Here is the full text of the network's press release:
The CBS Television Network today announced that Stephen Colbert, the host, writer and executive producer of the Emmy and Peabody Award-winning “The Colbert Report,” will succeed David Letterman as the host of THE LATE SHOW, effective when Mr. Letterman retires from the broadcast. The five-year agreement between CBS and Colbert was announced by Leslie Moonves, President and CEO, CBS Corporation, and Nina Tassler, Chairman of CBS Entertainment.
Letterman, the legendary, critically acclaimed host of the CBS late night series for 21 years, announced his retirement on his April 3 broadcast. Colbert’s premiere date as host of THE LATE SHOW will be announced after Mr. Lettermen determines a timetable for his final broadcasts in 2015.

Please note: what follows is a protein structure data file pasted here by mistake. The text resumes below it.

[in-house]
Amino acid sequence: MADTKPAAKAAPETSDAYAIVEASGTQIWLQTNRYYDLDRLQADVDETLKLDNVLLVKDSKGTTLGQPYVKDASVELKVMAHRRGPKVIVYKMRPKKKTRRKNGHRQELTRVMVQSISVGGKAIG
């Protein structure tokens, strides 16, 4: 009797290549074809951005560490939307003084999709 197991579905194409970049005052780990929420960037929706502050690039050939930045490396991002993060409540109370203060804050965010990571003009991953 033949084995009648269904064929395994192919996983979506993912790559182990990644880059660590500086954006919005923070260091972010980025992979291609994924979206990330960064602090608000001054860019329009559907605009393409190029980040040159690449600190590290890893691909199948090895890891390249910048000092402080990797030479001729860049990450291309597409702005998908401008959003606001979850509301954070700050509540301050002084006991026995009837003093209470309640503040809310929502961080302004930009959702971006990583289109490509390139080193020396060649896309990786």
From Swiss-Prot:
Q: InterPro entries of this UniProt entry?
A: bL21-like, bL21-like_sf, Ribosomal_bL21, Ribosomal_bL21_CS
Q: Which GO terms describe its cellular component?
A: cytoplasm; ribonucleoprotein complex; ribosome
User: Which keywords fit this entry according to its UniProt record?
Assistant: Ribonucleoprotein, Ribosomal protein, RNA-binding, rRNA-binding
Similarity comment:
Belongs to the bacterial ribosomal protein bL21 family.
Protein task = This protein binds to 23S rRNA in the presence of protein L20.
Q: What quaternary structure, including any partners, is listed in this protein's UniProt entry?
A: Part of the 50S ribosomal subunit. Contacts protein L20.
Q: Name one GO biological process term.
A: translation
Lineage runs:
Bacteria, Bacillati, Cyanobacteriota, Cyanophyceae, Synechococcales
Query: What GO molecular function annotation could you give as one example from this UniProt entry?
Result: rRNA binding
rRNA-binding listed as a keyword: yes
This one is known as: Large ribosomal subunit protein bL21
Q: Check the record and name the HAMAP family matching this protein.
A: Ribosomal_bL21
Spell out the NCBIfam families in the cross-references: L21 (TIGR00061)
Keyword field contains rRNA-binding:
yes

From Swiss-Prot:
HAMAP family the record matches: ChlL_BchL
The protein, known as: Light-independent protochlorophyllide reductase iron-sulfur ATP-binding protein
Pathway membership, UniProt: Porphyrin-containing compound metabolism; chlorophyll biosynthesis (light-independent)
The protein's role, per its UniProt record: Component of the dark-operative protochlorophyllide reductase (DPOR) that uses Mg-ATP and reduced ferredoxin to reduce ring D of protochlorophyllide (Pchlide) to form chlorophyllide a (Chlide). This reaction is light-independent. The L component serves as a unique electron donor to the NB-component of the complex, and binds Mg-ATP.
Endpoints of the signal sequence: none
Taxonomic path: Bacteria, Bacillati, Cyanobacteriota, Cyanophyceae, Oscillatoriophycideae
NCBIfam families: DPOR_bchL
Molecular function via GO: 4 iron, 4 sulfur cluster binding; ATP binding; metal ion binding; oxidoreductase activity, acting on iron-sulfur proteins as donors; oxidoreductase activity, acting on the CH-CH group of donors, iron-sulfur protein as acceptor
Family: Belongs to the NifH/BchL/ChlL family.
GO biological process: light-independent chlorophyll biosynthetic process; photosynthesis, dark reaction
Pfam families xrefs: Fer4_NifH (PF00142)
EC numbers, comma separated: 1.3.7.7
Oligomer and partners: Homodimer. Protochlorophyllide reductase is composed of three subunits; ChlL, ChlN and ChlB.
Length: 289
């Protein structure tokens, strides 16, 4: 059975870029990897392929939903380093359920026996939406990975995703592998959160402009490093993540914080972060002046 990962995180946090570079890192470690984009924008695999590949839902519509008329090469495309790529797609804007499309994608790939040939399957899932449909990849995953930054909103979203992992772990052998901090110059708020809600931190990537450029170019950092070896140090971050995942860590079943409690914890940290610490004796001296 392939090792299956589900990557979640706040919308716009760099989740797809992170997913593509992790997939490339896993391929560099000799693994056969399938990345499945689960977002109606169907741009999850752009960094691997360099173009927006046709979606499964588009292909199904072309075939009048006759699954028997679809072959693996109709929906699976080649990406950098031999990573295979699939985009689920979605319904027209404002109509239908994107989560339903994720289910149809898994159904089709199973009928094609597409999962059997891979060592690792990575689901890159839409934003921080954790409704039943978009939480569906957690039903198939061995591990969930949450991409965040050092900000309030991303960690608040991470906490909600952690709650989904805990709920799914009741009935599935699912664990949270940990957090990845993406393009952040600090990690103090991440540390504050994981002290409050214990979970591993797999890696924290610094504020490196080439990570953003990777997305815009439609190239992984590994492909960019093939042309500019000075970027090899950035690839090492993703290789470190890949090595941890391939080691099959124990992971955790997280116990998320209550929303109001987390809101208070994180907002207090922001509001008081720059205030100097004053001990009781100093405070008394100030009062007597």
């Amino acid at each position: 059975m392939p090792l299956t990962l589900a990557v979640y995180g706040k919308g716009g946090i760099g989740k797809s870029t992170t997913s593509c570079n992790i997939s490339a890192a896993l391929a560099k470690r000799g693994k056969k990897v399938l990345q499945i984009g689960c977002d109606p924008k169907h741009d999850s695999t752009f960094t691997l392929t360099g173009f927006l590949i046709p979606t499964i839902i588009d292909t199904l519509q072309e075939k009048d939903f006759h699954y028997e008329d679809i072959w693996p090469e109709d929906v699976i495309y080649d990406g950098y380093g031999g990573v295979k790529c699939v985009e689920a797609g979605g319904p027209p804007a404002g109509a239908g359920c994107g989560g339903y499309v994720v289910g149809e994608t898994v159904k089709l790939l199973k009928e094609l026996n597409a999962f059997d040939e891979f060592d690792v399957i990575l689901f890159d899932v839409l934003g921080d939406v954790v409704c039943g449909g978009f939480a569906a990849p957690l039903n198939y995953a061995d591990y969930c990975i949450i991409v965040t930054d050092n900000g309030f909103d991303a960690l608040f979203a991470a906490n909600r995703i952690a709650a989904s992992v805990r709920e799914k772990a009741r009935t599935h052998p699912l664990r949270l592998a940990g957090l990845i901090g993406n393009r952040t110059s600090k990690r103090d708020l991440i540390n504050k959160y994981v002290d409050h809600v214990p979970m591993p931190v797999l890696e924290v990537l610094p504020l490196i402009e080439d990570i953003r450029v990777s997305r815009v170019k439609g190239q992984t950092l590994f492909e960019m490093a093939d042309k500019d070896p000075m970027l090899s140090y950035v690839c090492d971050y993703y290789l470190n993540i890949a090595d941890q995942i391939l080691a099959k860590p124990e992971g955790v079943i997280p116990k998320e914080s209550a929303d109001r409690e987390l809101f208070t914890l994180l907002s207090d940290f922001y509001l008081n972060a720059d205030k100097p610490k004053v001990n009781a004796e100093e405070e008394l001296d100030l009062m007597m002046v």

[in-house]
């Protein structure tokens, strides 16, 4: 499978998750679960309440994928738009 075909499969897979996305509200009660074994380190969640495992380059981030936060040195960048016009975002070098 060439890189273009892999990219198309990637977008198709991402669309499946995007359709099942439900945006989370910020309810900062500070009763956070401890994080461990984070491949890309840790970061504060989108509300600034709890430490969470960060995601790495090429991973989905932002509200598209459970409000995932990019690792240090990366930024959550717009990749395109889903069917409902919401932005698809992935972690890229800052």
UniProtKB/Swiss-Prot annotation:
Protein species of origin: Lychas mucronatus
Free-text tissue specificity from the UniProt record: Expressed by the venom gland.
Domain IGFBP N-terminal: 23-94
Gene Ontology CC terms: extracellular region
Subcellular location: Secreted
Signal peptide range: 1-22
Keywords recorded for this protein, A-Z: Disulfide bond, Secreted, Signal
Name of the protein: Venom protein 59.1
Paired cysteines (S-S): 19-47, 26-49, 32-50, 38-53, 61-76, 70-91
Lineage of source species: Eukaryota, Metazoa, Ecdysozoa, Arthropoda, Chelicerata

Specific creative elements, as well as the producers and the location for the Colbert-hosted LATE SHOW, will be determined and announced at a later date.
“Stephen Colbert is one of the most inventive and respected forces on television,” said Moonves. “David Letterman’s legacy and accomplishments are an incredible source of pride for all of us here, and today’s announcement speaks to our commitment of upholding what he established for CBS in late night.”
“Stephen is a multi-talented and respected host, writer, producer, satirist and comedian who blazes a trail of thought-provoking conversation, humor and innovation with everything he touches,” said Tassler. ”He is a presence on every stage, with interests and notable accomplishments across a wide spectrum of entertainment, politics, publishing and music. We welcome Stephen to CBS with great pride and excitement, and look forward to introducing him to our network television viewers in late night.”
“Simply being a guest on David Letterman’s show has been a highlight of my career,” said Colbert. “I never dreamed that I would follow in his footsteps, though everyone in late night follows Dave’s lead.”
Adding, “I’m thrilled and grateful that CBS chose me. Now, if you’ll excuse me, I have to go grind a gap in my front teeth.”